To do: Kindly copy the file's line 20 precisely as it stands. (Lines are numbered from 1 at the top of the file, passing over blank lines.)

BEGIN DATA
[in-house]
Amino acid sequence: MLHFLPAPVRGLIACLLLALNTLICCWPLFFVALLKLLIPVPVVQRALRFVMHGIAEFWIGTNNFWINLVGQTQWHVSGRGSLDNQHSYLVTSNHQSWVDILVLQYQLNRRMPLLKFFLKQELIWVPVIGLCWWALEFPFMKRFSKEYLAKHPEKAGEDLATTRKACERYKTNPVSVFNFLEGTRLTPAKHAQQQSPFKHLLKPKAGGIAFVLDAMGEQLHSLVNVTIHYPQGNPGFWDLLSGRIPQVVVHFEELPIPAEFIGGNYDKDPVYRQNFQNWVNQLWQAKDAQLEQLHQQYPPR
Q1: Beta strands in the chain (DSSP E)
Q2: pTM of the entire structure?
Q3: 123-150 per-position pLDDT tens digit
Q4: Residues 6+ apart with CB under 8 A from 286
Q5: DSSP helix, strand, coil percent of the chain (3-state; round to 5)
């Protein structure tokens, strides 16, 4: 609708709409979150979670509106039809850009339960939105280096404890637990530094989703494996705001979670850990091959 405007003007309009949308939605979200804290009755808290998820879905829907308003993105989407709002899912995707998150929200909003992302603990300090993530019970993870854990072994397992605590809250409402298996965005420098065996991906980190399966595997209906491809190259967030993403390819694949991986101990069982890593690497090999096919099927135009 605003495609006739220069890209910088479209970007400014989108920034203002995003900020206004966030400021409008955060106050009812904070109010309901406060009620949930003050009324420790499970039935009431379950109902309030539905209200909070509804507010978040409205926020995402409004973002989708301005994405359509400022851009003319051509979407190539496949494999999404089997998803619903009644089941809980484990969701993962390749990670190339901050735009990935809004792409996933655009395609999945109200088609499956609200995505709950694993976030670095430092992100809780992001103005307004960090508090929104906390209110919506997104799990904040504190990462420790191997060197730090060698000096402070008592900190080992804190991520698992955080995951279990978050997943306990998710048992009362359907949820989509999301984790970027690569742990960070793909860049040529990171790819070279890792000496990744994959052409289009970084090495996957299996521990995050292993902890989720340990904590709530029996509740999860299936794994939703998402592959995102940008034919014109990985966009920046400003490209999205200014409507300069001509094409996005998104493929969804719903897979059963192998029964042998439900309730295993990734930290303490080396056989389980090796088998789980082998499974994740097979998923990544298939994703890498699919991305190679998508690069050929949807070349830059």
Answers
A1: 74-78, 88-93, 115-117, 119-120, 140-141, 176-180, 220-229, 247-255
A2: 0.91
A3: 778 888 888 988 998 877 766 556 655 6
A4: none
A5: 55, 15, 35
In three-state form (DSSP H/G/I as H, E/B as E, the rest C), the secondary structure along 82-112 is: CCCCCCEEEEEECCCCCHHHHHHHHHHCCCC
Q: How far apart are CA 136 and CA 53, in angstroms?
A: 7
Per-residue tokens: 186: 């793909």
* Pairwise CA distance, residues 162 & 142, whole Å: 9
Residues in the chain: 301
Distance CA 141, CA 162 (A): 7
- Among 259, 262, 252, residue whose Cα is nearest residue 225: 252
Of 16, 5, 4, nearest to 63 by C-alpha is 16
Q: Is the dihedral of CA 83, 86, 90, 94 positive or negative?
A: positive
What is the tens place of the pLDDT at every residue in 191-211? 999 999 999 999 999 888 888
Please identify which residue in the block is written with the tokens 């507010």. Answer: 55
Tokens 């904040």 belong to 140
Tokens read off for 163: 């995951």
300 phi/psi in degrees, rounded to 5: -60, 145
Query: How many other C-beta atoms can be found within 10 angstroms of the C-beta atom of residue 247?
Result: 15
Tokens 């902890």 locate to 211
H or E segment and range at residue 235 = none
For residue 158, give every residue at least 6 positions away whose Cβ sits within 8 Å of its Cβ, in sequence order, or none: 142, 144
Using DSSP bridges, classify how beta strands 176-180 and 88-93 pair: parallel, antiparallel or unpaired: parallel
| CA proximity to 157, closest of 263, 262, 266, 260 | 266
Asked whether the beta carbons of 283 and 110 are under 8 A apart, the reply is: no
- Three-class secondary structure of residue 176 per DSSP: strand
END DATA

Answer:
Residues in the chain: 301